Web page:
ACROSS: How would you describe the current retail market in Glasgow?
ANNE MURRAY: The second-largest retail center in the UK after the West End of London, Glasgow’s retail market remains buoyant and is one of only a few Scottish cities experiencing rental growth, notably on the main shopping hotspot of Buchanan Street in the city center (according to Colliers International’s Midsummer Retail Report 2016).
The report also suggests that supply is struggling to keep up with demand and brands are prepared to pay top dollar for prime destinations. The price of retail space has jumped by 8% in a year. The report highlights the significance of two of the world’s largest and most successful retailers,
H&M and the Inditex group, which have committed to upsizing their stores in the city center. H&M is acquiring 6,000 sq m within the Buchanan Quarter and Inditex is opening its first Massimo Dutti store outside London on Buchanan Street. The Italian brand Kiko also opened its first store in Scotland on Buchanan Street this year.
The Cushman & Wakefield UK Retail Market Snapshot (second quarter, 2016) reports that, across the UK, retail trading conditions have benefited from low inflation, cheap credit, and a healthy labor market—and Glasgow is no exception. In June 2016, Glasgow was commanding prime retail rents for high-street shops of £300 per sq ft per year (€3,700 per sq m per year), second only to London’s West End, with current yields of 4.50%.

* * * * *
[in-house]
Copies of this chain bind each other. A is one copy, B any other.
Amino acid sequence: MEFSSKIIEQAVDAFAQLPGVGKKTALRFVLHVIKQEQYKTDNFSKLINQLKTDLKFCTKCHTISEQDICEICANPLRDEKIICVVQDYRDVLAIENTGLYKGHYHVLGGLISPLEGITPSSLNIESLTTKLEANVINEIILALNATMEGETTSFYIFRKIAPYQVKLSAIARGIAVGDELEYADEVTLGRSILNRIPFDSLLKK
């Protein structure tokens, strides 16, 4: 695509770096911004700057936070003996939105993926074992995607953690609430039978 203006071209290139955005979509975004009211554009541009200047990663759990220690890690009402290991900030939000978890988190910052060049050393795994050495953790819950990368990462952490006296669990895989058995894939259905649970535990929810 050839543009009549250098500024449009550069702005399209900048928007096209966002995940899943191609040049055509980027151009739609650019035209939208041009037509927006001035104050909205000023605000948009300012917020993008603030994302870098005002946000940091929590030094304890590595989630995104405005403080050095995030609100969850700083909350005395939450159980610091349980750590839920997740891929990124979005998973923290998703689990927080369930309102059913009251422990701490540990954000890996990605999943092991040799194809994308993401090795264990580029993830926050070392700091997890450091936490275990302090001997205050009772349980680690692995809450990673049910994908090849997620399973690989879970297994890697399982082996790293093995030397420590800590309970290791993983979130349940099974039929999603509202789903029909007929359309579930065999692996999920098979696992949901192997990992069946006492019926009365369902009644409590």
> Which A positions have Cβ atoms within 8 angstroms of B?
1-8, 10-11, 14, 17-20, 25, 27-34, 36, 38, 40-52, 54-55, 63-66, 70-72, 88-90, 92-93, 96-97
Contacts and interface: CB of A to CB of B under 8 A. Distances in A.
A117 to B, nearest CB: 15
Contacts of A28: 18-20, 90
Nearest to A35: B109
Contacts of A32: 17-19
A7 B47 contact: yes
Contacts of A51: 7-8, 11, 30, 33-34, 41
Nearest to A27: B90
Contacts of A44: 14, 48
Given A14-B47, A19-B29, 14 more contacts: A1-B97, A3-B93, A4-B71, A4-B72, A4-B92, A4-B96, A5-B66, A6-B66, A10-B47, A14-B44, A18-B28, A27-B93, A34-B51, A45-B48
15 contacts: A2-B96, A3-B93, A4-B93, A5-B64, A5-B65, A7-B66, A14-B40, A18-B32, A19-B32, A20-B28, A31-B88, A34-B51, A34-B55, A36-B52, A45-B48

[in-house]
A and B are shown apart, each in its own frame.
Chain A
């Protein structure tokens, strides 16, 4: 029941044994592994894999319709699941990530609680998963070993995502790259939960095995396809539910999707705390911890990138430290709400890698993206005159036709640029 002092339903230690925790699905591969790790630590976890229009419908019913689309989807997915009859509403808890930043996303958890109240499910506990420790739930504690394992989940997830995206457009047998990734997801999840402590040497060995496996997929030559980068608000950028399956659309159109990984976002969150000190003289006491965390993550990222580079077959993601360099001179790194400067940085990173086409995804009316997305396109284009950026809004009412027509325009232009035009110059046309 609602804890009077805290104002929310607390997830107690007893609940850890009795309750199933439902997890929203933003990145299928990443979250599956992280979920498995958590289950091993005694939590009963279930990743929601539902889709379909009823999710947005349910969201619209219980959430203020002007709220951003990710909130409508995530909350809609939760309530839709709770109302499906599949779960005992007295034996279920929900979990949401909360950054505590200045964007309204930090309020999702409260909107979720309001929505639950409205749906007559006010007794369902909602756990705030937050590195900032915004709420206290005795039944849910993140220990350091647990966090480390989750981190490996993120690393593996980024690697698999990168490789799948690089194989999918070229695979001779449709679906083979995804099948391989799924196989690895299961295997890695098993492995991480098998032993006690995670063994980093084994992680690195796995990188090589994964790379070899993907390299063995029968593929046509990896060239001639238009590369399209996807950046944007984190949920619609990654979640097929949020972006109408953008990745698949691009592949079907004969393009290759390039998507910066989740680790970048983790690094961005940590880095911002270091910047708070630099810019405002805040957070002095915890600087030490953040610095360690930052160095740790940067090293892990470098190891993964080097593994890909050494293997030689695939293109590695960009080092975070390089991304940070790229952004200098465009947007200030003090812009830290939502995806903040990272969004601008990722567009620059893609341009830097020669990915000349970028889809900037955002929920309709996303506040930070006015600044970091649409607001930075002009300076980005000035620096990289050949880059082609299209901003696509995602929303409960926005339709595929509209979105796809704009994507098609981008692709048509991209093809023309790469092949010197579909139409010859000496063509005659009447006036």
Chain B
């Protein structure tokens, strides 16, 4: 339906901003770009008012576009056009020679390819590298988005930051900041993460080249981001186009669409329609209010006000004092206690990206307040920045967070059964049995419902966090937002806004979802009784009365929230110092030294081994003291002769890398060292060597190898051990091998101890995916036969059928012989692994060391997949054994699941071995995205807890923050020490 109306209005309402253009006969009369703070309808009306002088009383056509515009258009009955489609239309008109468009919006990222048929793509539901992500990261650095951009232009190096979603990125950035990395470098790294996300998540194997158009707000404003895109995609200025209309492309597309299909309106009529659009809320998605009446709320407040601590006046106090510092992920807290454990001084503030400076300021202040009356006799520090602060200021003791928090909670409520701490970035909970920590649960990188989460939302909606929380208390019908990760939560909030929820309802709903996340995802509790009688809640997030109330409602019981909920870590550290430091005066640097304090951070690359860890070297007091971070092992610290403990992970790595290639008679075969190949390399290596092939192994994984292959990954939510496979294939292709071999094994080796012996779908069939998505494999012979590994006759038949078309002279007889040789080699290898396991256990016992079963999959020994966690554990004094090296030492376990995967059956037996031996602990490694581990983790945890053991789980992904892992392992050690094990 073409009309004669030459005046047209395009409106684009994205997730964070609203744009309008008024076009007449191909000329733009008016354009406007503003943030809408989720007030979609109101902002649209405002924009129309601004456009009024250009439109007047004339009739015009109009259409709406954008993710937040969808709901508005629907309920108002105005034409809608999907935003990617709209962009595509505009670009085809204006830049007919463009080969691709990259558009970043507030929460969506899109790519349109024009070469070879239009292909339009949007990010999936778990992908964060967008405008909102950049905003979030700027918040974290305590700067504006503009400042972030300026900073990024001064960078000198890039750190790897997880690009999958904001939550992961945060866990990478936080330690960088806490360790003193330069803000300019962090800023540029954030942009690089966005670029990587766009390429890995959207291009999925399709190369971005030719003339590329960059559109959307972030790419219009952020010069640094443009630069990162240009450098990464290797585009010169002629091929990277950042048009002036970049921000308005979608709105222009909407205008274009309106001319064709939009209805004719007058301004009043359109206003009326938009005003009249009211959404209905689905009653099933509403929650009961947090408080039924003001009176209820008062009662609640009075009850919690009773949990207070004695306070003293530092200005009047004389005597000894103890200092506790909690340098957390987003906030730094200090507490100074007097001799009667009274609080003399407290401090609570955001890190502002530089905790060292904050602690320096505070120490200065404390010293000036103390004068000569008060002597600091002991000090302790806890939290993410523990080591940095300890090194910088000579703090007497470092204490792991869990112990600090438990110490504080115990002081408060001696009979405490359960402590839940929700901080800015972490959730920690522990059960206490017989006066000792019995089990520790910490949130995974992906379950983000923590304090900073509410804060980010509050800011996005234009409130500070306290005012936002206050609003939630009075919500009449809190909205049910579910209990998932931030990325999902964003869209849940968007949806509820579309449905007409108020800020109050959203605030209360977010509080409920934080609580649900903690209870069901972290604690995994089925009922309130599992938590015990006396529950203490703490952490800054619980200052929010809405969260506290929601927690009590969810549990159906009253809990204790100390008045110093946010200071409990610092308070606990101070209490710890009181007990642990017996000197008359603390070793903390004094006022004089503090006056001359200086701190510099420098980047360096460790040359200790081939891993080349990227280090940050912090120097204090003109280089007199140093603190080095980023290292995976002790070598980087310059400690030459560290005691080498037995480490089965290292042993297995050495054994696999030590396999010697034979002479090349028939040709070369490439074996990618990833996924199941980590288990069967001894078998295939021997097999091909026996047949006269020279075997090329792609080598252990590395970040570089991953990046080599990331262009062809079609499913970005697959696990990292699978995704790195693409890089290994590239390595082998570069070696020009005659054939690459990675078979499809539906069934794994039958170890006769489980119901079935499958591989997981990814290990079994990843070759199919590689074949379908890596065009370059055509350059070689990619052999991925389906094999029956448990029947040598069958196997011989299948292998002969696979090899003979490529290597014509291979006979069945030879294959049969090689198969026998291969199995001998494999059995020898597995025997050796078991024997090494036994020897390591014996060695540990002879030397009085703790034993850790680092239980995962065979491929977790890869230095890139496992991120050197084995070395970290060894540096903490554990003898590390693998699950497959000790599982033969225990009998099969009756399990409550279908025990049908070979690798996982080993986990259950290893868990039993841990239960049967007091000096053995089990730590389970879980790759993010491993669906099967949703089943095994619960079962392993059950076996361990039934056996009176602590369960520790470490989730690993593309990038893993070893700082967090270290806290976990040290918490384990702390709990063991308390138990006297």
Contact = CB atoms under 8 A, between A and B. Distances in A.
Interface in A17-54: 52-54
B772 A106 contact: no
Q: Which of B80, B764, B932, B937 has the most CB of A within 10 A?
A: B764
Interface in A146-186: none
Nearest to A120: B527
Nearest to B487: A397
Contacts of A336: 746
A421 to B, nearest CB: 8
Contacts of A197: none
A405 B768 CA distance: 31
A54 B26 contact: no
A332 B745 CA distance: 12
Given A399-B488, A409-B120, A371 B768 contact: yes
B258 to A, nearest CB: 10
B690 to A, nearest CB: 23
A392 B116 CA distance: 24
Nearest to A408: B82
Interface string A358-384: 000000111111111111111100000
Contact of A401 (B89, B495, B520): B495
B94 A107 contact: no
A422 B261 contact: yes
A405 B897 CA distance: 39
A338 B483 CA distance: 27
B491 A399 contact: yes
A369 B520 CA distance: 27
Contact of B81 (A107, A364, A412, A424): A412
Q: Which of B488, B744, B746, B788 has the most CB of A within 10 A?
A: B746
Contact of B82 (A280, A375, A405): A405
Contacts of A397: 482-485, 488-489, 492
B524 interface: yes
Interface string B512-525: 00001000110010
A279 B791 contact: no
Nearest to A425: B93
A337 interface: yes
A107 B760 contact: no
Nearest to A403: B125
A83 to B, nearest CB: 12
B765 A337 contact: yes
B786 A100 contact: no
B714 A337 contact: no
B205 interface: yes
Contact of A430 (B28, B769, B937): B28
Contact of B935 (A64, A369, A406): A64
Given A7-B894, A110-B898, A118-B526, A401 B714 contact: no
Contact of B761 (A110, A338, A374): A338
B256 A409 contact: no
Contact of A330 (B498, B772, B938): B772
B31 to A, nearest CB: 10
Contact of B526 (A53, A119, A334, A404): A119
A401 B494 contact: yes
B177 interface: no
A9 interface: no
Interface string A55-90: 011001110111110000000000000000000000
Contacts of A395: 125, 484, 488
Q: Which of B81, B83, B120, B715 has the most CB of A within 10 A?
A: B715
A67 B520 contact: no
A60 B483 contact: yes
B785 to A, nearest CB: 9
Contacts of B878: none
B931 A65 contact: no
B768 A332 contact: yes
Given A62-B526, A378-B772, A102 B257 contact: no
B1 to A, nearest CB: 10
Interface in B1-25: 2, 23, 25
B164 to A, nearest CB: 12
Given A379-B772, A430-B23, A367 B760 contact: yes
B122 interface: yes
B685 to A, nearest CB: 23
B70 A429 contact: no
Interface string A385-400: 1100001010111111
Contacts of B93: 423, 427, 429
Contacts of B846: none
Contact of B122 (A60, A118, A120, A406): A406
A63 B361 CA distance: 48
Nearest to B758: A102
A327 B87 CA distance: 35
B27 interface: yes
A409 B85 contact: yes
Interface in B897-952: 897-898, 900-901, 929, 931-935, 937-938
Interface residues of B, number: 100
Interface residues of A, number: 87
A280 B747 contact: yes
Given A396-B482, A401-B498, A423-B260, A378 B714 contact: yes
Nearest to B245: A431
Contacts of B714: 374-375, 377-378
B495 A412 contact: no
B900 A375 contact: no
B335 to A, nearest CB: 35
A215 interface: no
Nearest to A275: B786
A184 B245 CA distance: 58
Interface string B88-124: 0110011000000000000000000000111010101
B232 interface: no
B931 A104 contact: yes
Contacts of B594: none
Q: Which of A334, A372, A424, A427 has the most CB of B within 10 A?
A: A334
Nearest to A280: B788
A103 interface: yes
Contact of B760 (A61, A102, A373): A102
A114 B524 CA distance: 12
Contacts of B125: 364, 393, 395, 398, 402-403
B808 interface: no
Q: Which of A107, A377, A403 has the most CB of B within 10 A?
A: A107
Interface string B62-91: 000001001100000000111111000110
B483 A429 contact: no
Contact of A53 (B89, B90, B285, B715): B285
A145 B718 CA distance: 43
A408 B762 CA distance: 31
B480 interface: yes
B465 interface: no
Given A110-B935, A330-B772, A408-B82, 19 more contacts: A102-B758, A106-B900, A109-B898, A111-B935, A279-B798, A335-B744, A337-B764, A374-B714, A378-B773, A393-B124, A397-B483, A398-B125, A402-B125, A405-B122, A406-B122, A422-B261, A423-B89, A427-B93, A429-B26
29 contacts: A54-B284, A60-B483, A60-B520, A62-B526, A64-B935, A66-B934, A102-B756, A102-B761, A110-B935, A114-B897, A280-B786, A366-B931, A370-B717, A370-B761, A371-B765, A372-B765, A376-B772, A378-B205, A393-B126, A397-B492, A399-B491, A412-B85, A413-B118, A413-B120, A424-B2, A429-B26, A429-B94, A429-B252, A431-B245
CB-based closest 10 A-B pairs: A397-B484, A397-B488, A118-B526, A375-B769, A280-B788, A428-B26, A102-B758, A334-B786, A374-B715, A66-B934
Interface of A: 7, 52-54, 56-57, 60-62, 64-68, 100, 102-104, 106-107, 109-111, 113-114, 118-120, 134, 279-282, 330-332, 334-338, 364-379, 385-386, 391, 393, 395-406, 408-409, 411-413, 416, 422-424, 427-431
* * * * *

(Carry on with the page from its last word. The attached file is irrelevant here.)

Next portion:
ACROSS: What role do Scottish retailers play in the city?
MURRAY: Like most major retail destinations, Glasgow’s high street is dominated by global brands like those mentioned above and many more. While Glasgow welcomes the arrival of new international brands, it is also keen to encourage and support Scottish brands and retailers that help to differentiate the city and give it a unique and authentic identity.
Alongside the global brands, the city also has a number of home-grown retailers, including the department store, House of Fraser. It is one of Buchanan Street’s largest outlets, was established in Glasgow in 1849, and now has branches in a number of UK cities. Another example is the Glasgow fashion store, Cruise, which stocks high-end fashion labels. Smaller niche outlets are to be found on the periphery of the city center in the Merchant City and Glasgow’s west end.
ACROSS: Are there new foreign retailers entering the city’s market in the near future?
MURRAY: Yes, but that would be telling!
ACROSS: How do the retailers in Glasgow deal with the competition caused by online-shopping?
MURRAY: Online shopping is here to stay and retailers are having to adapt to the fast-moving world of e-commerce with in-store services such as click and collect. While on-line shopping represents a challenge to bricks-and-mortar retailing, shoppers still want to enjoy the experience of shopping, trying on clothes, testing the quality of products, etc.
A major contributing factor to Glasgow’s city center’s retail performance is the wider leisure market. For example, the city has witnessed the highest number of new restaurant openings in the UK outside London, which is helping to drive up footfall and, in addition to cafes and restaurants, shopping malls are looking to add cinemas to their offer.